Continuing in the vein of events driving data.
But polling suggests that a majority of self-identified Republicans still haven't noticed that surge, and believe that stocks have gone down in the Obama era.Blind stupidity meets blind greed.
So, here is where he makes the next long stride:
Second, they [stock prices] also reflect the availability of other investment opportunities -- or the lack thereof.
A reading of these endeavors over the last bit, or Gordon's book, will lead to the inevitable answer as to why this is so. Krugman doesn't address the "why" only the "what", but that is progress. We've hit the asymptote of low hanging tech fruit. Much of "tech" over the last couple of decades is implementations of infotainment and such. The holders of all that moolah expect the Damn Gummint to pay them 10% per annum on their hoard. Bah.
But, there is the clear implication for the future of the financial quant: it's not pretty.
But why are long-term interest rates so low? As I argued in my last column, the answer is basically weakness in investment spending, despite low short-term interest rates, which suggests that those rates will have to stay low for a long time.
In other words: Bernanke/Yellen/Obama have engaged in trickle-down economics, aka, pushing a string. Granted, the Right Wingnut Congress left no other option. And, of course, those same Right Wingnuts complain about "asset bubbles", all the while reaping unto themselves the cap gains of said bubble.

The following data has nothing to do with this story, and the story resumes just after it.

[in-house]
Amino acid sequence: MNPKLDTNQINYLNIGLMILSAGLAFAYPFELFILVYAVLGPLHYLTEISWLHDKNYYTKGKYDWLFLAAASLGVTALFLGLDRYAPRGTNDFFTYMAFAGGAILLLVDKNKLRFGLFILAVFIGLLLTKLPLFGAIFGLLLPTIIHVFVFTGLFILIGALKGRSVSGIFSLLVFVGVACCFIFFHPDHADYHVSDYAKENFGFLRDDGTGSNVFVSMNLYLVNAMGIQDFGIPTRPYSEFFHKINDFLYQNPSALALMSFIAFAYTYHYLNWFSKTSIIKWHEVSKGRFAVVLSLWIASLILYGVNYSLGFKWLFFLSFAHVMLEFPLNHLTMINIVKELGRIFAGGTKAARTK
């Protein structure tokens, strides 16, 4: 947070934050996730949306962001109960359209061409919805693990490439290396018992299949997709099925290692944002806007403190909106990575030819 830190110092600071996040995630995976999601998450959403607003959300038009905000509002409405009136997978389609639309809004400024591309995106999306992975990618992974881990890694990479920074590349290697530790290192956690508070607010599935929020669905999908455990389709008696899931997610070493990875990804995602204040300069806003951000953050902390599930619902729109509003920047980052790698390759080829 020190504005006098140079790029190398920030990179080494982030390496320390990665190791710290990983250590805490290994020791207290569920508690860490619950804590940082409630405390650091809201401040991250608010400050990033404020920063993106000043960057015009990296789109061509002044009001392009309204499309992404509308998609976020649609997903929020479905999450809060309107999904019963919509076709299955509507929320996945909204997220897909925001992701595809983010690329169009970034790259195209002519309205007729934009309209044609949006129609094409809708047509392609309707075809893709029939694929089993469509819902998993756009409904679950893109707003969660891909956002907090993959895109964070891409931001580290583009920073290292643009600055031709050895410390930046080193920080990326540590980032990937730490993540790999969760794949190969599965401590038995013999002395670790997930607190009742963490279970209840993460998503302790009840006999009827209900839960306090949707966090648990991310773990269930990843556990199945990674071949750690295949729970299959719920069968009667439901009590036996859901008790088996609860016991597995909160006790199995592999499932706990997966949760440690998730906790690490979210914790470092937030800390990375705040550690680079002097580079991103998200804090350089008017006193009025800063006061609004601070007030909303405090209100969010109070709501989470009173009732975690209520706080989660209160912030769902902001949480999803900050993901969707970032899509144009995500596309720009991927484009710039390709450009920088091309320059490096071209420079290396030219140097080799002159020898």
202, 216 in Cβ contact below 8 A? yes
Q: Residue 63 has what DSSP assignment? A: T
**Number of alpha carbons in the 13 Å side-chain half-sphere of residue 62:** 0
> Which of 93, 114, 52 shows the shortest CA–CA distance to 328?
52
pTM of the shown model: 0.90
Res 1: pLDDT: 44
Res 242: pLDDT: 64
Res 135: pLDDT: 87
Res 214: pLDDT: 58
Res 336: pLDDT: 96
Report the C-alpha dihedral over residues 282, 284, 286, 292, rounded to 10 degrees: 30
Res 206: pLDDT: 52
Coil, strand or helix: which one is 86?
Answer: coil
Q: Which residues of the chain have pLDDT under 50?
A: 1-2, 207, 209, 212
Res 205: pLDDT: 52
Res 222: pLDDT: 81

Instead, profits come from some kind of market power -- brand position, the advantages of an established network, or good old-fashioned monopoly. And companies making profits from such power can simultaneously have high stock prices and little reason to spend.
Remember a few essays past, about the result of "investing" SSA monies in the private sector? Fascism in flight. The enabling just mentioned is only a hair's width removed. If there's no 21st century steamboat to invest in, sitting on the moolah is rational. The question which then arises: do we accept a Permanent Dark Age of castes in tech stasis? Or do we grow through distribution? After all, if most folks have most of the moolah, there's more folks to buy marginally different widgets.
So, why is the likely unfolding future bad for the financial quant and financial engineering? Reading past data to predict future data only works when the rules of the game are stable and not manipulable. Thus, physics and math and real engineering work all the time in all places. When any of them appears to fail, it's the result of we humans not having fully grokked God's laws, not because the rules have changed. When some players can change the rules as the game goes on, as we've seen with The Great Recession, LIBOR fiddling, and the London Whale past data doesn't mean anything. It's all "once in a lifetime" anomalies. They just keep happening. Better to read the NYT business pages to see who's got his fingers on the scales, and react accordingly.